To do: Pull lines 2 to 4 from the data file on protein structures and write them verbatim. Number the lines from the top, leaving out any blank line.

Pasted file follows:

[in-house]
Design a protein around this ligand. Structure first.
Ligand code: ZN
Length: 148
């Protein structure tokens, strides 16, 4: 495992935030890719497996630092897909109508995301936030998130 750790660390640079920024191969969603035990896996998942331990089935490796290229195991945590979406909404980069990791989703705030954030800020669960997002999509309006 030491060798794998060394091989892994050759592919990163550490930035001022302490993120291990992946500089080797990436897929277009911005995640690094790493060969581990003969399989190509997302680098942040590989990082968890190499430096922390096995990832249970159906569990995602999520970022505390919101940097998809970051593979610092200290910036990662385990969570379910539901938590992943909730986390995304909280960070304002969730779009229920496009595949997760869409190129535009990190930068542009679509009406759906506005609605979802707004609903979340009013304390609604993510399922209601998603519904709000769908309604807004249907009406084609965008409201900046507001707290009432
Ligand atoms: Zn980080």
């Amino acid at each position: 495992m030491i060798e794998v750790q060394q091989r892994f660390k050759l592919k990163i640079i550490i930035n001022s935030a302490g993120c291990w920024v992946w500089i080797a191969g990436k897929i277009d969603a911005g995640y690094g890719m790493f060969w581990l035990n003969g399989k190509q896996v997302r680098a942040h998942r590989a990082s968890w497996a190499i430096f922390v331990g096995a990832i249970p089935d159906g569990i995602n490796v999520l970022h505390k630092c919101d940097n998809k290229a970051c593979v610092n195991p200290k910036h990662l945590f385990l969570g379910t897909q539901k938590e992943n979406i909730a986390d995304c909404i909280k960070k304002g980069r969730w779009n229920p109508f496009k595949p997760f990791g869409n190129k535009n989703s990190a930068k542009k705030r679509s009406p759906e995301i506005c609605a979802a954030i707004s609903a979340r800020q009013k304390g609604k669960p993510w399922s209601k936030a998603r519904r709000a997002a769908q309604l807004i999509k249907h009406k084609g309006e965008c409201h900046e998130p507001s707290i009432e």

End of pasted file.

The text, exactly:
Design a protein around this ligand. Structure first.
Ligand code: ZN
Length: 148